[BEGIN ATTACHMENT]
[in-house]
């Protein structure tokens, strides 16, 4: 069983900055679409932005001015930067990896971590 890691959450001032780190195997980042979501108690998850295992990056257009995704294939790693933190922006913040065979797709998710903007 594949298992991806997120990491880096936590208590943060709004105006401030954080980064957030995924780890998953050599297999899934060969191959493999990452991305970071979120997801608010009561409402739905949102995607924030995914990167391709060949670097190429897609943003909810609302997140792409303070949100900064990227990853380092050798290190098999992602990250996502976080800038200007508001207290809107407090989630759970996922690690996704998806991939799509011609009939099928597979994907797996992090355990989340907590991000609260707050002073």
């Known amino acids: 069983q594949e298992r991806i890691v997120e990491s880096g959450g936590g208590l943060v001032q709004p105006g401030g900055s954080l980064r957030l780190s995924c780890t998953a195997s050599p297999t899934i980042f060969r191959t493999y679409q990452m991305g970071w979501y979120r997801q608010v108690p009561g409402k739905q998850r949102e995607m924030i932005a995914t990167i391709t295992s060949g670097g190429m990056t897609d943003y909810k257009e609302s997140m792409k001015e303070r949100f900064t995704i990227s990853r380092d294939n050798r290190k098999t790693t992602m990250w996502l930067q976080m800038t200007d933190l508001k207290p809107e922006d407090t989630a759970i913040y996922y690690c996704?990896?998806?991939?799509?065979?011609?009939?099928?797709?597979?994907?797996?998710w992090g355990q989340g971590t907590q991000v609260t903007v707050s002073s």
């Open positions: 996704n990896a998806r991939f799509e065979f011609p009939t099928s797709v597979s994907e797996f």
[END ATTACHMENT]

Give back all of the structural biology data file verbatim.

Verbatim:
[in-house]
């Protein structure tokens, strides 16, 4: 069983900055679409932005001015930067990896971590 890691959450001032780190195997980042979501108690998850295992990056257009995704294939790693933190922006913040065979797709998710903007 594949298992991806997120990491880096936590208590943060709004105006401030954080980064957030995924780890998953050599297999899934060969191959493999990452991305970071979120997801608010009561409402739905949102995607924030995914990167391709060949670097190429897609943003909810609302997140792409303070949100900064990227990853380092050798290190098999992602990250996502976080800038200007508001207290809107407090989630759970996922690690996704998806991939799509011609009939099928597979994907797996992090355990989340907590991000609260707050002073």
């Known amino acids: 069983q594949e298992r991806i890691v997120e990491s880096g959450g936590g208590l943060v001032q709004p105006g401030g900055s954080l980064r957030l780190s995924c780890t998953a195997s050599p297999t899934i980042f060969r191959t493999y679409q990452m991305g970071w979501y979120r997801q608010v108690p009561g409402k739905q998850r949102e995607m924030i932005a995914t990167i391709t295992s060949g670097g190429m990056t897609d943003y909810k257009e609302s997140m792409k001015e303070r949100f900064t995704i990227s990853r380092d294939n050798r290190k098999t790693t992602m990250w996502l930067q976080m800038t200007d933190l508001k207290p809107e922006d407090t989630a759970i913040y996922y690690c996704?990896?998806?991939?799509?065979?011609?009939?099928?797709?597979?994907?797996?998710w992090g355990q989340g971590t907590q991000v609260t903007v707050s002073s």
């Open positions: 996704n990896a998806r991939f799509e065979f011609p009939t099928s797709v597979s994907e797996f």